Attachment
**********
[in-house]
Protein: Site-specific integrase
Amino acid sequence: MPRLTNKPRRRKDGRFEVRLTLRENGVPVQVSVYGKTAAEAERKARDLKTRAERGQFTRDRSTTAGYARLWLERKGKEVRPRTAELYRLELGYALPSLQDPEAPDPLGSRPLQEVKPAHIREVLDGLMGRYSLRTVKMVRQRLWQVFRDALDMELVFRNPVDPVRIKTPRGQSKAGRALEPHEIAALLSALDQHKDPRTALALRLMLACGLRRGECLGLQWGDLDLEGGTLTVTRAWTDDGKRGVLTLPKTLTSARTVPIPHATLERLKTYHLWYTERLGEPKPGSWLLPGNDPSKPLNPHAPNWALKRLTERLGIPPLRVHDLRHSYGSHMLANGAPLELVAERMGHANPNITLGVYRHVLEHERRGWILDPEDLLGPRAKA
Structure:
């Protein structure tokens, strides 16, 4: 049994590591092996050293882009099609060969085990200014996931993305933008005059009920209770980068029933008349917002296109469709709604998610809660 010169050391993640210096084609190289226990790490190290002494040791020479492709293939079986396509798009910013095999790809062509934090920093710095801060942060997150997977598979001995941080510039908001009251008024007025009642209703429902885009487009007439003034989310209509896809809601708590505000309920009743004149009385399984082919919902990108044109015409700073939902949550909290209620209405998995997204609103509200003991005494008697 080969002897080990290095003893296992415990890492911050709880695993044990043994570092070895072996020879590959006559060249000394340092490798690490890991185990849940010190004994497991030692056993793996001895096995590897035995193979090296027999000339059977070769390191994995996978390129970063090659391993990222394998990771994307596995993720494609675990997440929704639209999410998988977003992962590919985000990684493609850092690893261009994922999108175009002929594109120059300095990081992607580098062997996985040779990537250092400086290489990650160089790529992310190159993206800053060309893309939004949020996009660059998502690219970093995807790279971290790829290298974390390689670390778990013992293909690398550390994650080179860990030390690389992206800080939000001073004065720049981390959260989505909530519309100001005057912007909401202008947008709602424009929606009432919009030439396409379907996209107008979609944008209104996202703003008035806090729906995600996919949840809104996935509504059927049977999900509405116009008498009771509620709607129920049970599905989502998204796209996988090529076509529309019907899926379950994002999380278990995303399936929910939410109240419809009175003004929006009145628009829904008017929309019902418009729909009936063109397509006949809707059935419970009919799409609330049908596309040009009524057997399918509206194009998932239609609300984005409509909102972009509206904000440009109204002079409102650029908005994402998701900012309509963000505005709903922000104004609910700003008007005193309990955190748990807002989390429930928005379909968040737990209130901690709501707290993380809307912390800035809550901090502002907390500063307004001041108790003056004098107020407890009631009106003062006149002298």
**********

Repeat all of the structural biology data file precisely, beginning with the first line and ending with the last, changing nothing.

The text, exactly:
[in-house]
Protein: Site-specific integrase
Amino acid sequence: MPRLTNKPRRRKDGRFEVRLTLRENGVPVQVSVYGKTAAEAERKARDLKTRAERGQFTRDRSTTAGYARLWLERKGKEVRPRTAELYRLELGYALPSLQDPEAPDPLGSRPLQEVKPAHIREVLDGLMGRYSLRTVKMVRQRLWQVFRDALDMELVFRNPVDPVRIKTPRGQSKAGRALEPHEIAALLSALDQHKDPRTALALRLMLACGLRRGECLGLQWGDLDLEGGTLTVTRAWTDDGKRGVLTLPKTLTSARTVPIPHATLERLKTYHLWYTERLGEPKPGSWLLPGNDPSKPLNPHAPNWALKRLTERLGIPPLRVHDLRHSYGSHMLANGAPLELVAERMGHANPNITLGVYRHVLEHERRGWILDPEDLLGPRAKA
Structure:
């Protein structure tokens, strides 16, 4: 049994590591092996050293882009099609060969085990200014996931993305933008005059009920209770980068029933008349917002296109469709709604998610809660 010169050391993640210096084609190289226990790490190290002494040791020479492709293939079986396509798009910013095999790809062509934090920093710095801060942060997150997977598979001995941080510039908001009251008024007025009642209703429902885009487009007439003034989310209509896809809601708590505000309920009743004149009385399984082919919902990108044109015409700073939902949550909290209620209405998995997204609103509200003991005494008697 080969002897080990290095003893296992415990890492911050709880695993044990043994570092070895072996020879590959006559060249000394340092490798690490890991185990849940010190004994497991030692056993793996001895096995590897035995193979090296027999000339059977070769390191994995996978390129970063090659391993990222394998990771994307596995993720494609675990997440929704639209999410998988977003992962590919985000990684493609850092690893261009994922999108175009002929594109120059300095990081992607580098062997996985040779990537250092400086290489990650160089790529992310190159993206800053060309893309939004949020996009660059998502690219970093995807790279971290790829290298974390390689670390778990013992293909690398550390994650080179860990030390690389992206800080939000001073004065720049981390959260989505909530519309100001005057912007909401202008947008709602424009929606009432919009030439396409379907996209107008979609944008209104996202703003008035806090729906995600996919949840809104996935509504059927049977999900509405116009008498009771509620709607129920049970599905989502998204796209996988090529076509529309019907899926379950994002999380278990995303399936929910939410109240419809009175003004929006009145628009829904008017929309019902418009729909009936063109397509006949809707059935419970009919799409609330049908596309040009009524057997399918509206194009998932239609609300984005409509909102972009509206904000440009109204002079409102650029908005994402998701900012309509963000505005709903922000104004609910700003008007005193309990955190748990807002989390429930928005379909968040737990209130901690709501707290993380809307912390800035809550901090502002907390500063307004001041108790003056004098107020407890009631009106003062006149002298």